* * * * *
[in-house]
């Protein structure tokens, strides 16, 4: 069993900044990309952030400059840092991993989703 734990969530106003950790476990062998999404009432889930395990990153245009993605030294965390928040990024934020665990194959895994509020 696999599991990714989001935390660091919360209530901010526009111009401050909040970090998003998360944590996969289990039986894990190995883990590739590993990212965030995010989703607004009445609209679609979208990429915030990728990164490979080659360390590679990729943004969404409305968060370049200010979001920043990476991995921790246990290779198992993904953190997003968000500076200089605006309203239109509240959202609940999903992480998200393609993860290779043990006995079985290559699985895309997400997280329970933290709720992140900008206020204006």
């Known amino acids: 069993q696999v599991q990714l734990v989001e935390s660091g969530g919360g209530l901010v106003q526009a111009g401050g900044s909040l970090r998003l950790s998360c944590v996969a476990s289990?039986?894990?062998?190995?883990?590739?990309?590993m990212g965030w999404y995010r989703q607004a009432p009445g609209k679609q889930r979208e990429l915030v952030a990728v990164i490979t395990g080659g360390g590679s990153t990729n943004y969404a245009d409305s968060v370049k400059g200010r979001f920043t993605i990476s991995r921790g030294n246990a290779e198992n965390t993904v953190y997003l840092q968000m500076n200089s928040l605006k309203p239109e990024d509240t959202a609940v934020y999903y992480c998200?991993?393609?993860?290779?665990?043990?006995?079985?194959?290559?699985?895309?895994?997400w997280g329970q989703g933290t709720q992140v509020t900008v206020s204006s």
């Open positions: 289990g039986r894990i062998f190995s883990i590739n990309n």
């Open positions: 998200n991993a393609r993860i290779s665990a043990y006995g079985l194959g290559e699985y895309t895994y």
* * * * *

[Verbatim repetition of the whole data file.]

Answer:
[in-house]
């Protein structure tokens, strides 16, 4: 069993900044990309952030400059840092991993989703 734990969530106003950790476990062998999404009432889930395990990153245009993605030294965390928040990024934020665990194959895994509020 696999599991990714989001935390660091919360209530901010526009111009401050909040970090998003998360944590996969289990039986894990190995883990590739590993990212965030995010989703607004009445609209679609979208990429915030990728990164490979080659360390590679990729943004969404409305968060370049200010979001920043990476991995921790246990290779198992993904953190997003968000500076200089605006309203239109509240959202609940999903992480998200393609993860290779043990006995079985290559699985895309997400997280329970933290709720992140900008206020204006």
């Known amino acids: 069993q696999v599991q990714l734990v989001e935390s660091g969530g919360g209530l901010v106003q526009a111009g401050g900044s909040l970090r998003l950790s998360c944590v996969a476990s289990?039986?894990?062998?190995?883990?590739?990309?590993m990212g965030w999404y995010r989703q607004a009432p009445g609209k679609q889930r979208e990429l915030v952030a990728v990164i490979t395990g080659g360390g590679s990153t990729n943004y969404a245009d409305s968060v370049k400059g200010r979001f920043t993605i990476s991995r921790g030294n246990a290779e198992n965390t993904v953190y997003l840092q968000m500076n200089s928040l605006k309203p239109e990024d509240t959202a609940v934020y999903y992480c998200?991993?393609?993860?290779?665990?043990?006995?079985?194959?290559?699985?895309?895994?997400w997280g329970q989703g933290t709720q992140v509020t900008v206020s204006s």
């Open positions: 289990g039986r894990i062998f190995s883990i590739n990309n």
């Open positions: 998200n991993a393609r993860i290779s665990a043990y006995g079985l194959g290559e699985y895309t895994y």